Sagara dolls have been made by many generations of the Sagara family of Yonezawa city, Yamagata prefecture since 1790. These dolls can take on many forms, but here we have a “Child Holding a Sea Bream.” In Japan, the sea bream is a symbol of prosperity and good fortune, and this particular doll embodies the hope for a child’s good health and future happiness. (Takashi Nakamura)
Kokeshi dolls are said to have originated around 1800 in the northeastern Tohoku region of Japan, in hot spring districts known for their healing properties. The craftsmen of these densely wooded and mountainous regions fashioned bowls, trays and other household goods out of wood, and the dolls they crafted out of leftover wood scraps are believed to be the first kokeshi dolls. Visitors to the hot springs bought these dolls as souvenirs, contributing to their spread throughout Japan.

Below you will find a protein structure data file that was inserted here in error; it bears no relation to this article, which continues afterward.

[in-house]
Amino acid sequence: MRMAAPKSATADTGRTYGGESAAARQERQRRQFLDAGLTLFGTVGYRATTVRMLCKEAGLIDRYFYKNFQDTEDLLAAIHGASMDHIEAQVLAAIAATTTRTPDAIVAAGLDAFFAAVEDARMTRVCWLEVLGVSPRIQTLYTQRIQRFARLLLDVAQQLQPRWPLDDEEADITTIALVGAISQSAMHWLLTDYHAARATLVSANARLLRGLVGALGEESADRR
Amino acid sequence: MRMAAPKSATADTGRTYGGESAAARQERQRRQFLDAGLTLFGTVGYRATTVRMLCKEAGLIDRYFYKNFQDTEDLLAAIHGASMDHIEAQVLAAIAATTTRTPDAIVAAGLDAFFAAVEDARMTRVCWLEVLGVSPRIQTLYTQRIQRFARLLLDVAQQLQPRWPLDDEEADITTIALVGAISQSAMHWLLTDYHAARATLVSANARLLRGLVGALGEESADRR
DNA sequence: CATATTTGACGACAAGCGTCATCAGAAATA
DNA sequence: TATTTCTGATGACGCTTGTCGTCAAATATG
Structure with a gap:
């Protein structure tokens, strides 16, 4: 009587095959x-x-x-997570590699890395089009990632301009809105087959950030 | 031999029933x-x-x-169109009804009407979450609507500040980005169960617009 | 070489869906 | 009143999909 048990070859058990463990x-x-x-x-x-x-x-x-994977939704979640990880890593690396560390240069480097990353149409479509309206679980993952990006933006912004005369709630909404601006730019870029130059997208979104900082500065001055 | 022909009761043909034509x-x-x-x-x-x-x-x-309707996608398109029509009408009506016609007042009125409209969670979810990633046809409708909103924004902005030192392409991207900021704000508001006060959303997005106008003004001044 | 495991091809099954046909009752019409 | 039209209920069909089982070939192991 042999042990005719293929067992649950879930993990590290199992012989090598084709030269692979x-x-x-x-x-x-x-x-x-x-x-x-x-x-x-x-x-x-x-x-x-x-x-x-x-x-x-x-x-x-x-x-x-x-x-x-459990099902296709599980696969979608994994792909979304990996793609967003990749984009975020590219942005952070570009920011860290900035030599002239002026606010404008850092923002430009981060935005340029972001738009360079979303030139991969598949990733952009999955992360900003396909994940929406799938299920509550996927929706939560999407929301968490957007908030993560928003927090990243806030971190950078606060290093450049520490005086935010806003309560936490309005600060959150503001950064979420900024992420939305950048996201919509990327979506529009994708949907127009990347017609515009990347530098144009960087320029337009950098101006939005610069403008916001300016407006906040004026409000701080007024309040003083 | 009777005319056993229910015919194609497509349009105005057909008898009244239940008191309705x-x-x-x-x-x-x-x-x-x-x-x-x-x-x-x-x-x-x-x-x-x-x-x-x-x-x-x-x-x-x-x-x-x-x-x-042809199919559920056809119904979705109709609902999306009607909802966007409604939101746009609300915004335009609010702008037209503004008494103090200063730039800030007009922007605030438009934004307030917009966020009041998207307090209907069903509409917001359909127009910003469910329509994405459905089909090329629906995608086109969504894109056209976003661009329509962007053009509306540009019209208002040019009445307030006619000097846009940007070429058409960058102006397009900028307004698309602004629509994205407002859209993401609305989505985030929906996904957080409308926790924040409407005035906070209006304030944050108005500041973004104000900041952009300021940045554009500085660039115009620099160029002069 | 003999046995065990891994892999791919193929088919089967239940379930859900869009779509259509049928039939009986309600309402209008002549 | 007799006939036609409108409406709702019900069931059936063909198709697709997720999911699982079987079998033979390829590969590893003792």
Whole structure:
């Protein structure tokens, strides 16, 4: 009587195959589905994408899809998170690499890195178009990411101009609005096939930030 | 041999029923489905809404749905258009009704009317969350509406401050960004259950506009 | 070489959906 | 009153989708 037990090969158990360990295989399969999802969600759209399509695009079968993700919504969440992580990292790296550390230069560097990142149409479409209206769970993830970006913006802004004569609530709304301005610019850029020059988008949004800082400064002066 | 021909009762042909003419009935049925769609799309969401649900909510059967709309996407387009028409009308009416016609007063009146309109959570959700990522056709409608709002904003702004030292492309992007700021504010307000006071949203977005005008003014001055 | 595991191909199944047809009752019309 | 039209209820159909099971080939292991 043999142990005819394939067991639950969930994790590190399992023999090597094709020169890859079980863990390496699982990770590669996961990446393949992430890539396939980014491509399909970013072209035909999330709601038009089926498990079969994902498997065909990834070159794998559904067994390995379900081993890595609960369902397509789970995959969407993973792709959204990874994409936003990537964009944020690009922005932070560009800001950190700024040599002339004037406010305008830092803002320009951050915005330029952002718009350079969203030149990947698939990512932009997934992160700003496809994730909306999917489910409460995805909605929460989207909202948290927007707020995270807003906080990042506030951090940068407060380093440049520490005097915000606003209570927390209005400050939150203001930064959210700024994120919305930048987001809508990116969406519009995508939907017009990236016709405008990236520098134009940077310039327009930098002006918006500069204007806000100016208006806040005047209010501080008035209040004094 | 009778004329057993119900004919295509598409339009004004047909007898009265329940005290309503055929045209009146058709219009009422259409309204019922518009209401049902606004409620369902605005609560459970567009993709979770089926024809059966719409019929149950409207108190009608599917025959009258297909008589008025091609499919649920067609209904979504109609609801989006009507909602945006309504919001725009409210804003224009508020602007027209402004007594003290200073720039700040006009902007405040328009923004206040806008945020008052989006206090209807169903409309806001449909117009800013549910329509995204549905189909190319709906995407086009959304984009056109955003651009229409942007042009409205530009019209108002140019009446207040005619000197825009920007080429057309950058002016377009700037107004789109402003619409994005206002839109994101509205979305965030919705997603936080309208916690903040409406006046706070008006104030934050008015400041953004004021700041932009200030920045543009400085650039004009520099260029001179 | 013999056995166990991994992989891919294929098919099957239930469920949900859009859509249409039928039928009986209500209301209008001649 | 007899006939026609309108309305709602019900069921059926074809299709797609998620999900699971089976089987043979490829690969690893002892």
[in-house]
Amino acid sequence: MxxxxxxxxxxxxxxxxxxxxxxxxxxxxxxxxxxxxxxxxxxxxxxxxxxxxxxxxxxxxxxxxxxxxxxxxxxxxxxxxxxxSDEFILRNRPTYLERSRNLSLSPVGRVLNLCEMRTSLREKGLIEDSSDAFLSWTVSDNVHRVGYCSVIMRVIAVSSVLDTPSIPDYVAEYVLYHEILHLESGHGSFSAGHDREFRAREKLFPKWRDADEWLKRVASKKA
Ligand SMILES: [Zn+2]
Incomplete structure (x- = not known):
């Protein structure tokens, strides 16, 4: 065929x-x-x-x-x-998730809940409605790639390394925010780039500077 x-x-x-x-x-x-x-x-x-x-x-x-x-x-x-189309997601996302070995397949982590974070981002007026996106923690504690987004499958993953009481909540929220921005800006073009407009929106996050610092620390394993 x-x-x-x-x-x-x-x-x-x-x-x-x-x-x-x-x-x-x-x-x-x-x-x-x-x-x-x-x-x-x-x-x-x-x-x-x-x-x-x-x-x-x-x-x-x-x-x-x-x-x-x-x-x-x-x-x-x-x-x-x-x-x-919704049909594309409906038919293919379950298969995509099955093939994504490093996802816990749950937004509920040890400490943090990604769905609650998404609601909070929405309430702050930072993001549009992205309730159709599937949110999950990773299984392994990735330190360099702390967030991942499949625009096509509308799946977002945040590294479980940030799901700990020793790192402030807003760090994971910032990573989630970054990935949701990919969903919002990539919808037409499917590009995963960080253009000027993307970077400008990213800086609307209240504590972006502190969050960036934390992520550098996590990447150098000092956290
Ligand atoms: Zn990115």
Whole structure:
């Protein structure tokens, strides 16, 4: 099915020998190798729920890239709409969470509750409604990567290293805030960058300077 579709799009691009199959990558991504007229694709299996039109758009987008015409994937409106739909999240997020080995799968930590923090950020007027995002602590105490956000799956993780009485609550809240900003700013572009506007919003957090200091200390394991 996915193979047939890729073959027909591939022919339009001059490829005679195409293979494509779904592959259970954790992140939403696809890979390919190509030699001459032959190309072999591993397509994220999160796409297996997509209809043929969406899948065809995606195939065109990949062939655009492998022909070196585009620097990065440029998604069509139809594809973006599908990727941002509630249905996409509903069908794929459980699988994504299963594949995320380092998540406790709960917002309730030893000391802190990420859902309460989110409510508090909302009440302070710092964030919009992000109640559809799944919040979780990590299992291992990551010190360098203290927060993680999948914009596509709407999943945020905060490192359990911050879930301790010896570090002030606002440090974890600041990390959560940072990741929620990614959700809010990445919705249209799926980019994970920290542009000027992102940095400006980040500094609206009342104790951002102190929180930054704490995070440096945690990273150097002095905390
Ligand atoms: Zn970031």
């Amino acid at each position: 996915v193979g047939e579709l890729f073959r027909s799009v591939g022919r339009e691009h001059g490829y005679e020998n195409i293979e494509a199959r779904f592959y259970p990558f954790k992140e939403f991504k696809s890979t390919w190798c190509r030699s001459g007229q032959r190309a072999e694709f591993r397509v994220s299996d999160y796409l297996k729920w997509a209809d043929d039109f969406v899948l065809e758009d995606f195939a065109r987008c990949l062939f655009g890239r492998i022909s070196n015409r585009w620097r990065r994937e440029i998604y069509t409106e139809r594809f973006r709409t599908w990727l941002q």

At the entrance of a japanese temple, there is a gate called the Sanmon gate.This gate is guarded by two “Niouzou” Buddhist guardian spirits.
Their purpose is to prevent enemies from entering the temple.They are always a pair, one on the right side of the gate and one on the left.One’s mouth is open , the other one’s mouth is closed.Usually they have muscular bodies and angry expressions.
However, Niouzou at Yakushido Temple is different.He has an angry face but he is almost cartoonish.His body is not muscular, but sagging like an old man.He is a very atypical Niouzou. (Takashi Nakamura)
On the path leading to Satonomiya-Yudonosan Shrine, you will find a reclining bronze statue of the “negai ushi,” or cow deity. This deity is known as a god of fertility, safe childbirth, and other deeply held ambitions. People visiting the shrine will touch the statue of the cow deity, which is believed to help such desires come true.